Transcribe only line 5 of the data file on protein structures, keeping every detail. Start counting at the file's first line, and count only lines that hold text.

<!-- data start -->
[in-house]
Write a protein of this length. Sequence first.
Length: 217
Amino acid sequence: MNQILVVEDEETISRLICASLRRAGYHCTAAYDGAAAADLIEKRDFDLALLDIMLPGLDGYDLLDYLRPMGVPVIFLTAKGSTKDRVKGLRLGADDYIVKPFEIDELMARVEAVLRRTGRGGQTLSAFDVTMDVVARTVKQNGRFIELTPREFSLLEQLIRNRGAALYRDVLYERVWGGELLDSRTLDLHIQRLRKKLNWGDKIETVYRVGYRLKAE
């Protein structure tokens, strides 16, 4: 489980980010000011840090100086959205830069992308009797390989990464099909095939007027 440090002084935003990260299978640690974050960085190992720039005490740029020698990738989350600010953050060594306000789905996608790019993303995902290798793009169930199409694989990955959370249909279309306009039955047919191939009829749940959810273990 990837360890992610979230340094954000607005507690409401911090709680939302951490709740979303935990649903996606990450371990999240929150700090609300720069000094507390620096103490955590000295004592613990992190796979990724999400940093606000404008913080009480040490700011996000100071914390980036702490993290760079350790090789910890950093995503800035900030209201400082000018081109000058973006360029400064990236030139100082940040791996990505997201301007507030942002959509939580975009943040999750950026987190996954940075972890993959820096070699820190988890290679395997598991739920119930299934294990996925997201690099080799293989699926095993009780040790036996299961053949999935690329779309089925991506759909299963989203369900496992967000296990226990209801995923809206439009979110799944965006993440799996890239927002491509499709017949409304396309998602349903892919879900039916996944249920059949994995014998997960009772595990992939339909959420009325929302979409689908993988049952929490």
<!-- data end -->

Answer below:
């Protein structure tokens, strides 16, 4: 489980980010000011840090100086959205830069992308009797390989990464099909095939007027 440090002084935003990260299978640690974050960085190992720039005490740029020698990738989350600010953050060594306000789905996608790019993303995902290798793009169930199409694989990955959370249909279309306009039955047919191939009829749940959810273990 990837360890992610979230340094954000607005507690409401911090709680939302951490709740979303935990649903996606990450371990999240929150700090609300720069000094507390620096103490955590000295004592613990992190796979990724999400940093606000404008913080009480040490700011996000100071914390980036702490993290760079350790090789910890950093995503800035900030209201400082000018081109000058973006360029400064990236030139100082940040791996990505997201301007507030942002959509939580975009943040999750950026987190996954940075972890993959820096070699820190988890290679395997598991739920119930299934294990996925997201690099080799293989699926095993009780040790036996299961053949999935690329779309089925991506759909299963989203369900496992967000296990226990209801995923809206439009979110799944965006993440799996890239927002491509499709017949409304396309998602349903892919879900039916996944249920059949994995014998997960009772595990992939339909959420009325929302979409689908993988049952929490």